There’s something about the magic number three. Pop culture, across all media, often divides stories into trilogies, likely because it forms a nice beginning-middle-end structure. Here are five of the best games series that will hold your attention three times over – you’ll find yourself sitting in front of the television in your property for hours on end with these trilogies.
The Mass Effect series throws players into a sci-fi future where humanity has recently discovered the technology for faster-than-light travel, and has subsequently been accepted into a galaxy-wide union made up of several alien species. Inter-species politics and diplomacy form a major part of the arching story, but the threat of annihilation by a race of powerful creatures from beyond the Milky Way is constantly looming.
The three games form a kind of three-act structure for the wider narrative, while individually telling compelling and complete stories. The first game lets players create their version of the character of Commander Shepard: male or female, appearance, skills, it’s all customizable. Once created, their Shepard character can be taken through all three games, with many decisions made by the player having consequences that surface later in the game, and sometimes not until later games in the trilogy.
While it’s not short of action, the series is dialogue-heavy, developing the characters to the extent where players will grow very attached to them.
Ask an Xbox owner what series made them buy the console, and chances are they’ll say Halo.
The flagship franchise of Microsoft’s consoles became a trilogy, and soon spawned several spin-offs (Halo Wars, ODST and Reach) and more recently, Halo 4, which marks the beginning of a second planned trilogy.
The first-person shooter genre had never fared too well on home consoles, but the original Halo: Combat Evolved convinced a lot of gamers that it could work. Later iterations expanded on the formula, and it became the Xbox’s killer title.
Players enter the Halo universe as the iconic Master Chief, and soon find themselves embroiled in a futuristic war between humanity, a theocratic union of alien races called the Covenant, and the Flood, parasitic creatures who threaten all life in the galaxy. The narrative world of Halo is deep and compelling, and the series is widely regarded as the pinnacle of competitive multiplayer FPS gaming on home consoles.
The Legacy of Kain
Another series in which story reigns supreme, The Legacy of Kain is actually composed of five games, but the manner in which they are organised forms a neat trilogy: Blood Omen 1 and 2 are the beginning of the saga, as players follow the vampire lord Kain during his ascent to power. Soul Reaver 1 and 2 form the middle section, casting players as Kain’s betrayed lieutenant Raziel, out for vengeance. And it all ends in Defiance, as players alternate between them both, as the two characters hunt each other down and finally face off.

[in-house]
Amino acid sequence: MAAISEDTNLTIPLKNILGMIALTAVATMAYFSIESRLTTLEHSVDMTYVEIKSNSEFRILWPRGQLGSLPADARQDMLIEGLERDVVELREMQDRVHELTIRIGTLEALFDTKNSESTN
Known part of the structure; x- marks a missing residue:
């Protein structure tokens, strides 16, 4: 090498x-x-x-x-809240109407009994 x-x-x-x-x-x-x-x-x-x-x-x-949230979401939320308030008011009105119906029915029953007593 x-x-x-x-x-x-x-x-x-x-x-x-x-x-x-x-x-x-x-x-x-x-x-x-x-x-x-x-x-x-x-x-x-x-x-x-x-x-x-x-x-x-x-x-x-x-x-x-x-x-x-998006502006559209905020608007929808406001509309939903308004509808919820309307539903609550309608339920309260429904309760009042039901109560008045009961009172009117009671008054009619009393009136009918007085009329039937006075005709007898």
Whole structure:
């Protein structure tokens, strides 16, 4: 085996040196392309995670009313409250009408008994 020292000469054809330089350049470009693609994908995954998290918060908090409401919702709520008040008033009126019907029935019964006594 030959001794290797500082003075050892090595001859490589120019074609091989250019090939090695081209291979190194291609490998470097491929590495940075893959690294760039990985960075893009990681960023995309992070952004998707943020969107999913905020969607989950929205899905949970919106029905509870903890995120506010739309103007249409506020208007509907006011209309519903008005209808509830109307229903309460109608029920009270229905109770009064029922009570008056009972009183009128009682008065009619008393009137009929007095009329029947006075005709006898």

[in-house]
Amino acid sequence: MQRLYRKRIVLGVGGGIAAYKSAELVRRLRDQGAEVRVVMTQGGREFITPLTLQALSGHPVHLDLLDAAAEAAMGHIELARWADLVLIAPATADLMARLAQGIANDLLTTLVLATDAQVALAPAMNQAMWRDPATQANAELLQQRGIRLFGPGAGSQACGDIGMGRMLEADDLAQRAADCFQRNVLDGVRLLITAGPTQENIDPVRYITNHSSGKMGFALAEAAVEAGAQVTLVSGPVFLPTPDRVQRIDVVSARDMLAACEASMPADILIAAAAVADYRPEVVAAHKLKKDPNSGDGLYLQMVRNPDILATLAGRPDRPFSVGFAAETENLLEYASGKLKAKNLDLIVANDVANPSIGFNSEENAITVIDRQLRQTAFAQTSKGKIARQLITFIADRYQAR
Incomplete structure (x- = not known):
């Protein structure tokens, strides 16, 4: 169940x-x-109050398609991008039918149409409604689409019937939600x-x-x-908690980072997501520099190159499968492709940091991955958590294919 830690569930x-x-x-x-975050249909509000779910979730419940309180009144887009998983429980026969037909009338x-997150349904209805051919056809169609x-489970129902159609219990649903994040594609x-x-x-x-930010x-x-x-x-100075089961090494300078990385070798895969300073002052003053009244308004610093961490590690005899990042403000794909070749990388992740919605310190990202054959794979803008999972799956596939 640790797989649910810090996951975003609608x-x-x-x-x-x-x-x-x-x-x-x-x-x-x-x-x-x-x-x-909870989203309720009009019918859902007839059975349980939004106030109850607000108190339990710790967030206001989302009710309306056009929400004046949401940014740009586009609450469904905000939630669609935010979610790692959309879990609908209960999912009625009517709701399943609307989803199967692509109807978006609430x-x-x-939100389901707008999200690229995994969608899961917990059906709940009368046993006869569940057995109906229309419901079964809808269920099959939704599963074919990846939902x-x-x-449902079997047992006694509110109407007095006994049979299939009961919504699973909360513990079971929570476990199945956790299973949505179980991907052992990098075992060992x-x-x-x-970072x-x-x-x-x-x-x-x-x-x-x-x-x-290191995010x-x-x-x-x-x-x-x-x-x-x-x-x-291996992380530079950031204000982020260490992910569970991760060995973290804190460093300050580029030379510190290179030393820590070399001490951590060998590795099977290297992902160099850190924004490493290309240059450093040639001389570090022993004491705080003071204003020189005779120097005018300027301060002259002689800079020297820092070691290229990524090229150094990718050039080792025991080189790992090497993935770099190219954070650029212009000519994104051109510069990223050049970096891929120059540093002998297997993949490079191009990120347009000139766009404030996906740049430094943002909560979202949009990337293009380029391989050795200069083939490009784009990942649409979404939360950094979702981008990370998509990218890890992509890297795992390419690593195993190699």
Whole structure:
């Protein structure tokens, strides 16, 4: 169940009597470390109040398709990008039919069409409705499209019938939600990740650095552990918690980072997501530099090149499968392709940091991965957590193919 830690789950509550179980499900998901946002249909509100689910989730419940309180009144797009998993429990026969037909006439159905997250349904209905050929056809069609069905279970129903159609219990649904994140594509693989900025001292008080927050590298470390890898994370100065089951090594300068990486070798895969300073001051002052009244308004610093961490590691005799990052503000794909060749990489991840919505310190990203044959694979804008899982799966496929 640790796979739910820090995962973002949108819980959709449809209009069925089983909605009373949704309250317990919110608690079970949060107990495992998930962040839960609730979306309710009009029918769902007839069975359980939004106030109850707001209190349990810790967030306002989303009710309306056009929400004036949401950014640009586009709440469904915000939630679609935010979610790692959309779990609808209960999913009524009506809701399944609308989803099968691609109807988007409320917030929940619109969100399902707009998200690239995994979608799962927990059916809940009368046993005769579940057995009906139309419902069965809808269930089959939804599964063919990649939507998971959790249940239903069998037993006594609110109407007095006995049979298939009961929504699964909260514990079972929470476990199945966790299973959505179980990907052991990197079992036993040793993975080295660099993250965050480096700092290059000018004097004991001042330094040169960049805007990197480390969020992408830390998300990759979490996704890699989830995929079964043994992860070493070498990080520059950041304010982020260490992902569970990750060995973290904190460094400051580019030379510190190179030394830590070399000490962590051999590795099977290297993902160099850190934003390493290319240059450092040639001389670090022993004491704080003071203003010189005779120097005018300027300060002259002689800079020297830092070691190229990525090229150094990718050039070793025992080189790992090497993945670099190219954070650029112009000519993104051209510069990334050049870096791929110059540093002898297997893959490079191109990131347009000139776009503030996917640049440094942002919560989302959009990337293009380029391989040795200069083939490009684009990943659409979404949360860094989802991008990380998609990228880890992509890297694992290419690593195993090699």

The mythology of the games is rather convoluted, but if players invest the time it can be very rewarding.
The rich history of the world of Nosgoth was introduced in Blood Omen through top-down, dungeon-crawling game play, but later games allow players to explore it through a third-person brawler/platformer, with some puzzle elements and epic boss battles.
But mostly it’s the characters that keep players going through The Legacy of Kain. Both Kain and Raziel are antiheroes, antagonizing each other and trying to determine how their fates are intertwined. Perhaps most interesting is that players are cast as both characters at different points, so the notions of the good guy and the bad guy are hard to separate. The story arcs over the “trilogy” are fantastic, and as the tense ending approaches, it’s hard to decide who to root for.
Owing a lot to Tomb Raider, the Uncharted trilogy follows Nathan Drake, a young adventurer, who explores in search of ancient lost cities. The games play out in a style reminiscent of summer blockbuster movies, with tense sequences of running, jumping, swinging, climbing and swimming, interspersed with cover-based shootouts and slower-paced exploration.
The character of Nathan Drake is developed over the course of the series, but don’t worry. There are no lengthy dialogue sections that get in the way of what the games are really all about: exciting, over-the-top action, in the same vein as Indiana Jones. You’ll need precise, tense acrobatics to traverse the huge set pieces, including escaping from a building collapsing around you, climbing through a train that’s going over a cliff, navigating through a sinking cruise ship, and shooting at enemies while clinging to the side of a speeding truck.
Super Mario Bros.
Perhaps the first major trilogy in the video game world, Super Mario Bros. 1, 2 and 3 on the original Nintendo Entertainment System (NES) are classics today. They weren’t the first games in the series, but they were the ones that defined it, dictating the direction Mario games would take for almost thirty years. And not just Mario games, but the entire genre of platformers.
The original Super Mario Bros. expanded upon the basic jumping game play seen in the two-player arcade hit Mario Bros. (not Super, yet), and Donkey Kong before that. The game transplanted the platforming play into a linear level design. Super Mario Bros. 2 stylized the graphics further, let players choose between four characters, and added game play elements like vegetable plucking and throwing.
The third moved back towards the first, polishing the basic mechanics and keeping the sense of style from the second. They still feel great to play today, and are available in some form on many of Nintendo’s more recent consoles.
Michael Irving is a freelance writer and lifelong video game fan. He’s particularly interested in their cultural impact, and how families in communities like Allura can enjoy games together.